What are the Rights of Pregnant Women in America?



A terrible tale of workplace mistreatment is causing a tidal wave of turmoil in our favorite ocean the internet. Candis Riggins, mother of three, was working at Walmart while pregnant with her newest addition. Not knowing her rights, Riggins endured their callous behavior towards her health. 

At the beginning of her pregnancy, Riggins was content with her job at Walmart but then things started to shift dramtically about five months in. Why? Riggins worked in maintenance—lifting heavy items and using cleaning supplies composed of harsh chemicals were part and parcel to her day-to-day routine. 

Naturally, Riggins asked to switch roles; company policy required that she fill out a form on the computer stating her "career preference" rather than I don't know, having a manager say, "yeah lady! Get your awesome pregnant self behind a cash register. Customers can't say no a pregnant woman trying to upsell them! Muahaha." Something a little less sinister than what transpired. Riggins claims she completed the career preference form multiple times, to no avail. 

Stuck lugging around heavy supplies reeking of chemicals, Riggins began getting sick. A lot. She even had to go to the hospital. Because of this, Riggins called in sick several times. Each time, she was assured that there would be no penalty for skipping work. So, you can only imagine her shock when she was fired from Walmart seven months into her pregnancy.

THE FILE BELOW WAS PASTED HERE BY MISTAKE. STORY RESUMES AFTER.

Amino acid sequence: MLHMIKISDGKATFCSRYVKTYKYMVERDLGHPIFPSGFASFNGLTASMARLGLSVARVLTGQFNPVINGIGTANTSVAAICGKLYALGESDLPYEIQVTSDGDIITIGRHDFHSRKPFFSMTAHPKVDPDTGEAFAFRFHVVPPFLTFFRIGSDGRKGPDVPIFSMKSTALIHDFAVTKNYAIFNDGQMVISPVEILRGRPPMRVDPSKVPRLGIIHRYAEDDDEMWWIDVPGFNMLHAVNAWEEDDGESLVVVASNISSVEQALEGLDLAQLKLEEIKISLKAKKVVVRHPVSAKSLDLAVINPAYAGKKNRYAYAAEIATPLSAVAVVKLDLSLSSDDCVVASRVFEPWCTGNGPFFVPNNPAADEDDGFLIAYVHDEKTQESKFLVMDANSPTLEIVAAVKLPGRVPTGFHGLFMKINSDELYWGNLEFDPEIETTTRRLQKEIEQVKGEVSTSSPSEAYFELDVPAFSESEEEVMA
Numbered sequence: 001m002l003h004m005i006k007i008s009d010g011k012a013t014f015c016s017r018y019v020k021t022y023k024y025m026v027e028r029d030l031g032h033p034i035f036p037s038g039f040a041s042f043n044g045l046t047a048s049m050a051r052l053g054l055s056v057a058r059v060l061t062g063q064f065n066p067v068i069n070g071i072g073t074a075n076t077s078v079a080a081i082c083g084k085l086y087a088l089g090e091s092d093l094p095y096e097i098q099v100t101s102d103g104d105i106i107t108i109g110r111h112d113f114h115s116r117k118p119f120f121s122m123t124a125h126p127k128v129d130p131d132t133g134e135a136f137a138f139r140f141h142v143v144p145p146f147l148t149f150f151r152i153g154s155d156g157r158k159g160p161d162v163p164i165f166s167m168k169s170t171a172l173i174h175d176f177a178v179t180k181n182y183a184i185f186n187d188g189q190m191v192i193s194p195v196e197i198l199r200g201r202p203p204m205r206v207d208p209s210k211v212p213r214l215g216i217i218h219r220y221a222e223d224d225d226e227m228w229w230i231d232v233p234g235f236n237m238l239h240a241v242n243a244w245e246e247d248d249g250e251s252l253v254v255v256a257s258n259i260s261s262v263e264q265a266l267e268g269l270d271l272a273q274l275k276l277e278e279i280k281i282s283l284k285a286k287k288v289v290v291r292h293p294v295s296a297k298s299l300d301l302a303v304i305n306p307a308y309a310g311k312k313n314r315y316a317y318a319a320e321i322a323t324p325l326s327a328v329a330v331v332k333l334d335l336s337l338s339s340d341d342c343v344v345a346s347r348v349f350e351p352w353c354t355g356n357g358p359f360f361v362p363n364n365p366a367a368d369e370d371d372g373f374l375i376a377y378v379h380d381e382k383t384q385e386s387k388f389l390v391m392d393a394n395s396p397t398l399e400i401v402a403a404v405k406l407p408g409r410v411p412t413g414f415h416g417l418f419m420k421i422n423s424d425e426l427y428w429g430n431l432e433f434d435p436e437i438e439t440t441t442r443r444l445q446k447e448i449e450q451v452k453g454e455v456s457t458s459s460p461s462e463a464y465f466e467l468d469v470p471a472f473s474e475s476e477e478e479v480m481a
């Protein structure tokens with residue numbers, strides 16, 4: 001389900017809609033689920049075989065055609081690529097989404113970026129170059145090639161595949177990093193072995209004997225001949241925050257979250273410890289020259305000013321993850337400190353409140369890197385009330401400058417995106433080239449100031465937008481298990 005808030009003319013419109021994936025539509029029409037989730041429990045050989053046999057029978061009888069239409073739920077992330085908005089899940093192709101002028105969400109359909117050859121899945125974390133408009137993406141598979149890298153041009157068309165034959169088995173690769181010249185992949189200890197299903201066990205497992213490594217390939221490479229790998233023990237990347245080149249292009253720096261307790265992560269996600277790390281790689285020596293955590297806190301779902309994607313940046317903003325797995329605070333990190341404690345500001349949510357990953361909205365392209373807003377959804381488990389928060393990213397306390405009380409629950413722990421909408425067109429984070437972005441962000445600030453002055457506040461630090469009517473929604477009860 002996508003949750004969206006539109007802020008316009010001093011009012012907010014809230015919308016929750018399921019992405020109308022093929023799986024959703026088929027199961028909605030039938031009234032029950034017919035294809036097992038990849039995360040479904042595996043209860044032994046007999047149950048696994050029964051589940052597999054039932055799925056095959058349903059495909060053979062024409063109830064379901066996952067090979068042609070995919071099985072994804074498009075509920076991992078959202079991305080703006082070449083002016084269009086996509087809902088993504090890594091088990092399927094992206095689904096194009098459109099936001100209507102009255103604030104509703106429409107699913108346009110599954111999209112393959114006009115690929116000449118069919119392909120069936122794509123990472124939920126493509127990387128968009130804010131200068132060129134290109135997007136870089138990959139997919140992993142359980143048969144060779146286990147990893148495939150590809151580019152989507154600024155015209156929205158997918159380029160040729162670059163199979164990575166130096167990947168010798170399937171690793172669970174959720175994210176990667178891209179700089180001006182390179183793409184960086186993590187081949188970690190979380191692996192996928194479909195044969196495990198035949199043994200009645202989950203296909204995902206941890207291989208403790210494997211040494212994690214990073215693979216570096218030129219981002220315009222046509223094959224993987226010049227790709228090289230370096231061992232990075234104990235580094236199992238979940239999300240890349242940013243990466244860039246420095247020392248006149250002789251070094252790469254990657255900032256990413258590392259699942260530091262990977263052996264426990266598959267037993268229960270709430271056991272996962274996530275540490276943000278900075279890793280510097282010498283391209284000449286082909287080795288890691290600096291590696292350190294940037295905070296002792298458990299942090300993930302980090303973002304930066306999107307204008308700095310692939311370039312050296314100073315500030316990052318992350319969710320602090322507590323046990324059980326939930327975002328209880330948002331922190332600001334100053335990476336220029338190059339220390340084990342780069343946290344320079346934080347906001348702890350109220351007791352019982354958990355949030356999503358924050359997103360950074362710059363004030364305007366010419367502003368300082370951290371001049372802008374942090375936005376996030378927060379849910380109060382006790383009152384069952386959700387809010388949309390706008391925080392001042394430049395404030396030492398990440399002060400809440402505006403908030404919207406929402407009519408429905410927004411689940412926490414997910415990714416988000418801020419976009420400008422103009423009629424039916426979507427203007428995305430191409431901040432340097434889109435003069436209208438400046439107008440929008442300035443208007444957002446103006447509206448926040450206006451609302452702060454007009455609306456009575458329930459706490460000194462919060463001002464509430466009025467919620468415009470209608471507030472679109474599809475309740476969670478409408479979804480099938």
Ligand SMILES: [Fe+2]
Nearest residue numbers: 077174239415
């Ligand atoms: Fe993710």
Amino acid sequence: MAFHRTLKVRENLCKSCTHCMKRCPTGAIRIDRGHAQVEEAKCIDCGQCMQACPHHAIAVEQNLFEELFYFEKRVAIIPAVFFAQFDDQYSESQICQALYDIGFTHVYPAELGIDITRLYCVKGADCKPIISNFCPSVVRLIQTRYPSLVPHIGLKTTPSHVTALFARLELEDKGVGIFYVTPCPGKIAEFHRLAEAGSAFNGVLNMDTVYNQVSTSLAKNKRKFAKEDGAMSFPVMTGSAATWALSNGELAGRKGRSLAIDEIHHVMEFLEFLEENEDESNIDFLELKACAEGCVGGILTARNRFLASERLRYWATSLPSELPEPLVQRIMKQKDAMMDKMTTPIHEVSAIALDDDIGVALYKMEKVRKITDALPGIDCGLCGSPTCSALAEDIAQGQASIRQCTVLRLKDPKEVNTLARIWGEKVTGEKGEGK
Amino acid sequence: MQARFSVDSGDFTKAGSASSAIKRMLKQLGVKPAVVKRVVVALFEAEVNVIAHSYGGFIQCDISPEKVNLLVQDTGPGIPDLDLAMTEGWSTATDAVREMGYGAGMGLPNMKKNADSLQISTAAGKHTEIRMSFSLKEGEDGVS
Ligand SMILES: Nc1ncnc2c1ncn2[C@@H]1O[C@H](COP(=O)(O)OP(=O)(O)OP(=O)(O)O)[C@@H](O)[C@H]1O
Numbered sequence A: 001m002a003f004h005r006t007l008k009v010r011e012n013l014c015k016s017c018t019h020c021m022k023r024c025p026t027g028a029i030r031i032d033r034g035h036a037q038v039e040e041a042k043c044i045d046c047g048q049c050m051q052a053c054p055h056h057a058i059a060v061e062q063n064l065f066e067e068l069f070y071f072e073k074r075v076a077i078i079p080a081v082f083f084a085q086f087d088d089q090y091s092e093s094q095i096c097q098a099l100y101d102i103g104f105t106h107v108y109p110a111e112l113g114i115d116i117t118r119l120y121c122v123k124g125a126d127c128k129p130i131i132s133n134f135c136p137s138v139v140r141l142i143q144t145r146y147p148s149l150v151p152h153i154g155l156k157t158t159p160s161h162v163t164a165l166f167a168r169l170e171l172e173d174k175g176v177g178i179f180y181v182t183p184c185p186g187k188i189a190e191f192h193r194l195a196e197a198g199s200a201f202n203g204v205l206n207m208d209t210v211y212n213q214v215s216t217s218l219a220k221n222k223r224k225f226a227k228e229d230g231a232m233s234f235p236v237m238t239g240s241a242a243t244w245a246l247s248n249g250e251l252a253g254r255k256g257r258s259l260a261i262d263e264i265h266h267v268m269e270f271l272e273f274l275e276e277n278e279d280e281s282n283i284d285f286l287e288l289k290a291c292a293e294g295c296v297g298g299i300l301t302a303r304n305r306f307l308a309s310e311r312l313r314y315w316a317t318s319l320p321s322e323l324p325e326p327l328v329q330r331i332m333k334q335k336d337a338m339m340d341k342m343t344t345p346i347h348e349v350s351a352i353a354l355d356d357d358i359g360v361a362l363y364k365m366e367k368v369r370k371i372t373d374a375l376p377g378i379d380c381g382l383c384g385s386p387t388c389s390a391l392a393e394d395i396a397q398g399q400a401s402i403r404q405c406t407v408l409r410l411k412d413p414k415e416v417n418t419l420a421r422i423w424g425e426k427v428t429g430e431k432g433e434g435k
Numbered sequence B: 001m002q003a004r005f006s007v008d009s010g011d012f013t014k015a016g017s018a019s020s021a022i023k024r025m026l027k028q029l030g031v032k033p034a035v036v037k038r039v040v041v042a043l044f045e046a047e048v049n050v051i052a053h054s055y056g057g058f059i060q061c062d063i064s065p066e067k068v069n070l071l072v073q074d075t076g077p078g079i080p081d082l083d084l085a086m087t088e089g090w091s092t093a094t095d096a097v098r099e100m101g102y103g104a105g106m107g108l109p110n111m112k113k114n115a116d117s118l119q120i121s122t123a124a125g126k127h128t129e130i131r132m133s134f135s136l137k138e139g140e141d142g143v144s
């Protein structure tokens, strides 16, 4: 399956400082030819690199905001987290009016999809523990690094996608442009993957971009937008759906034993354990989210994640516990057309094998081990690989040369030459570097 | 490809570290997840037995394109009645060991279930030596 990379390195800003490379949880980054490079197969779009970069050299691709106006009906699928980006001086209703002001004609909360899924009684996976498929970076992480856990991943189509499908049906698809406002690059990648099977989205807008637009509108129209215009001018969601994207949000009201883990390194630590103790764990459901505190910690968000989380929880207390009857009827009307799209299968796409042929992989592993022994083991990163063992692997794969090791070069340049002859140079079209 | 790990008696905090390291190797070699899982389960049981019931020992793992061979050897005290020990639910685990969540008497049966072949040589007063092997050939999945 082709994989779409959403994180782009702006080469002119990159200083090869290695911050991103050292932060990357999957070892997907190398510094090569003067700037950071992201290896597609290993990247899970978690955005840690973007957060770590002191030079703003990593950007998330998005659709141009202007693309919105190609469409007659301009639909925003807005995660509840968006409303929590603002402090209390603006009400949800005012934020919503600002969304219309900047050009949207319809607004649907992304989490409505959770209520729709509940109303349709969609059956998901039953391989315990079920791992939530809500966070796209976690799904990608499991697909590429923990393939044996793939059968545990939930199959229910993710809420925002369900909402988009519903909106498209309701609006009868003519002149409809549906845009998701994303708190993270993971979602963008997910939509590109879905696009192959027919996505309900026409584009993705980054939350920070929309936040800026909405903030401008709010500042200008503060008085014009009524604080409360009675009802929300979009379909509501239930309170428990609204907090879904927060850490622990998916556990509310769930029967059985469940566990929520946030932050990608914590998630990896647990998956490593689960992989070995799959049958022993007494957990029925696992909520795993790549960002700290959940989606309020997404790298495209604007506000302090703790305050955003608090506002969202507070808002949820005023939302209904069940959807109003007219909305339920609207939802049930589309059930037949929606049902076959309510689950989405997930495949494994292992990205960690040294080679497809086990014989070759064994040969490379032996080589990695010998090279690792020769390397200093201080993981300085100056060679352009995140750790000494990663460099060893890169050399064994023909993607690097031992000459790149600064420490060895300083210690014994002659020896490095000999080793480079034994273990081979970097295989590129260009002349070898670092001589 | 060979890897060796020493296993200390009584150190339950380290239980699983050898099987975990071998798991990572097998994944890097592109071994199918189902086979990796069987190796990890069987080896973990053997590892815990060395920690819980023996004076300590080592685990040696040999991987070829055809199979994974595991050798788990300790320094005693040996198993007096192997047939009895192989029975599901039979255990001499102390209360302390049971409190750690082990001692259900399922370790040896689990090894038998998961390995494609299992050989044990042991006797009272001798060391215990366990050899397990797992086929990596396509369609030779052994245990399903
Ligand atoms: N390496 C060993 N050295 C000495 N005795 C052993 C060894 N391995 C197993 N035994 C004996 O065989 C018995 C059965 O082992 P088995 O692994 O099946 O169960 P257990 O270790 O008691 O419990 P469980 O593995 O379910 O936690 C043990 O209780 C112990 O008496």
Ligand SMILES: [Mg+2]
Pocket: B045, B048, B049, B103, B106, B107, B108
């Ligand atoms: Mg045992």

Walmart was Riggins' sole income. Because of her termination, she lost her apartment and relatives took Riggins and her children in. This tale of utter shittiness got us thinking. What are the exact rights of pregnant women in this country? And Just how badly did Walmart screw the pooch? 

Fast Pregnancy Rights Facts

There is a federal law that protects pregnant employees. In fact, The Pregnancy Discrimination Act (of 1978) is an amendment to Title VII of the Civil Rights Act (of 1964). 

1. Overall, you may not be discriminated due to pregnancy in the workplace. In any way. 

2. As long as you are physically able to do the major functions of your job, a place of employment may not refuse to hire you if you're with child. 

3. Again, if you are physically able to do your tasks—you can't be fired for being pregnant. Asking to switch positions in a giant retail store like Walmart shouldn't have been a big issue. At a small company that specializes in maintenance work, this would be a problem. 

4. You know your body best. You may work as long as you physically can—that decision is not up to your place of employment.
5. You are eligible for 12 weeks of leave (paid or unpaid depends on your employer) to care for your new child. Same goes for adoptive parents. Check with your HR to see if you can apply, for there are specific rules for this (you must have worked there for 12 months and there must be a certain number of employees etc.). 

6. If you are just temporarily (babies do come out eventually, you know) unable to perform tasks, your workplace may not discriminate against your condition. 

7. Health insurance that is provided by your place of employment must cover pregnancy expenses, and other health issues that arise while the bun's cookin' away. 

Want even more details? Check out this page on the US Equal Employment Opportunity Commission.


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